"In the United Kingdom, we tend to focus on academic subjects, which can mean that some pupils get left behind.
"Schools are not set up to stretch pupils in vocational subjects. And we've seen high levels of truancy and frustration."
Teachers at the school said that allowing pupils to develop craft skills helped to create a better balance, particularly for less academic students.
Jannette Schreuders, an English teacher, said that some more technically-minded students might not want to learn a language, but they accepted it as part of a range of academic and vocational lessons.
But if Mr Duncan Smith was considering innovation for vocational training, he took a more traditional line on the future shape of qualifications for 16 to 19 year olds.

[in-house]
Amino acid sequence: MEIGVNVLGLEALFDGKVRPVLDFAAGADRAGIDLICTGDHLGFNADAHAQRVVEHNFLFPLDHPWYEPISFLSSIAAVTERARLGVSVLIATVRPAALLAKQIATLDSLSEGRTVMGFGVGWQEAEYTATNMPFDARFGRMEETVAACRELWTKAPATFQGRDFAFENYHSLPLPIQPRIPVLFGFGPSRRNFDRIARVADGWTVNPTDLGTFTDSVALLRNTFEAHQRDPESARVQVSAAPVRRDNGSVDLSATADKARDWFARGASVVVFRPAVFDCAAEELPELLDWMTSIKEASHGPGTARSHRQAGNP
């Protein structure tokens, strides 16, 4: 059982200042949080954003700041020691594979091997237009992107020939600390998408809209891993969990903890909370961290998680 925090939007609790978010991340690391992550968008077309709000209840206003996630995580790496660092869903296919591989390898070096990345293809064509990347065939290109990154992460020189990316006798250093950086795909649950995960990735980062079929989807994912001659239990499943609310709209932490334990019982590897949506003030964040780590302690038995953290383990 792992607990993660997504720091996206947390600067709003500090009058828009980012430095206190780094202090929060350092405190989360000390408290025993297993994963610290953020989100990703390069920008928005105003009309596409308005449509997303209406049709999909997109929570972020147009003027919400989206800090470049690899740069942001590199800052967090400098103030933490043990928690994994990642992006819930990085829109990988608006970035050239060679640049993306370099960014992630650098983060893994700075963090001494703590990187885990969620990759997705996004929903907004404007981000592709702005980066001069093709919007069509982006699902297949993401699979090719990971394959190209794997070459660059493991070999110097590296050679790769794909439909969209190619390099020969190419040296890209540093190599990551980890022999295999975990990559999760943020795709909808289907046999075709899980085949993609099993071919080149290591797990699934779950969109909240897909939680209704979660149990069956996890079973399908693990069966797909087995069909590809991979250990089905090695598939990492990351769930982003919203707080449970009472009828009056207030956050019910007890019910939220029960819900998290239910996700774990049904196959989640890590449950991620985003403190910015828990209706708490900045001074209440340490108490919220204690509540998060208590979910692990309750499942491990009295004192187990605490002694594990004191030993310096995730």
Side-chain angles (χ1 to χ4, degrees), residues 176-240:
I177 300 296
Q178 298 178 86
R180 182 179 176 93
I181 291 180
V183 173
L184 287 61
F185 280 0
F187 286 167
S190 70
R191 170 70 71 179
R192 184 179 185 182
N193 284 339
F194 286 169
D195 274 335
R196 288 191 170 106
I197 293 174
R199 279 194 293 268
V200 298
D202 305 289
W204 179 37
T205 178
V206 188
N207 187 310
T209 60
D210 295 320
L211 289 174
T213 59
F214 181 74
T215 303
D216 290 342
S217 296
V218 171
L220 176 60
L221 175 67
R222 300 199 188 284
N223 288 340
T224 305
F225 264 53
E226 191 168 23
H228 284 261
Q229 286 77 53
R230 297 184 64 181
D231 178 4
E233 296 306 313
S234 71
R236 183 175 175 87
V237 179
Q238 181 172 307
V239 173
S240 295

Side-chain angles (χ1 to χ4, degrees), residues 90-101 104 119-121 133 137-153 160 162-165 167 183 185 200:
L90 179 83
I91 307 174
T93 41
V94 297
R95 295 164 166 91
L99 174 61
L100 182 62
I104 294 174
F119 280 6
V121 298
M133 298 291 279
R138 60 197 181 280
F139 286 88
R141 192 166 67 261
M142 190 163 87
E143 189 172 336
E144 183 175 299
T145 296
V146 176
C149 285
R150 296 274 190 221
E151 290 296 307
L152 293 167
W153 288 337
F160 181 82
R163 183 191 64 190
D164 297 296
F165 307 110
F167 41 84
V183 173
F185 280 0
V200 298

While the government has signalled its interest in an "English baccalaureate", the Conservative leader spoke of protecting the "gold standard" of the A-level.
While his education spokesperson suggested that baccalaureate systems and the A-level could co-exist, Mr Duncan Smith took a less flexible approach, calling for the stabilising of the A-levels before any further changes were considered.
On school funding, Mr Duncan Smith refused to be drawn on whether a Conservative administration would match the current government's level of education spending.
Among the features of the Driestar College that had interested the Conservatives was that almost all pupils left with a qualification.
And that almost no pupils were playing truant or were excluded.
But this was a more complex picture than at first might be apparent.
In terms of exclusions, which might be imposed for drug taking or violence, schools cannot remove a pupil unless they can find an alternative school place, which places a practical brake on exclusions.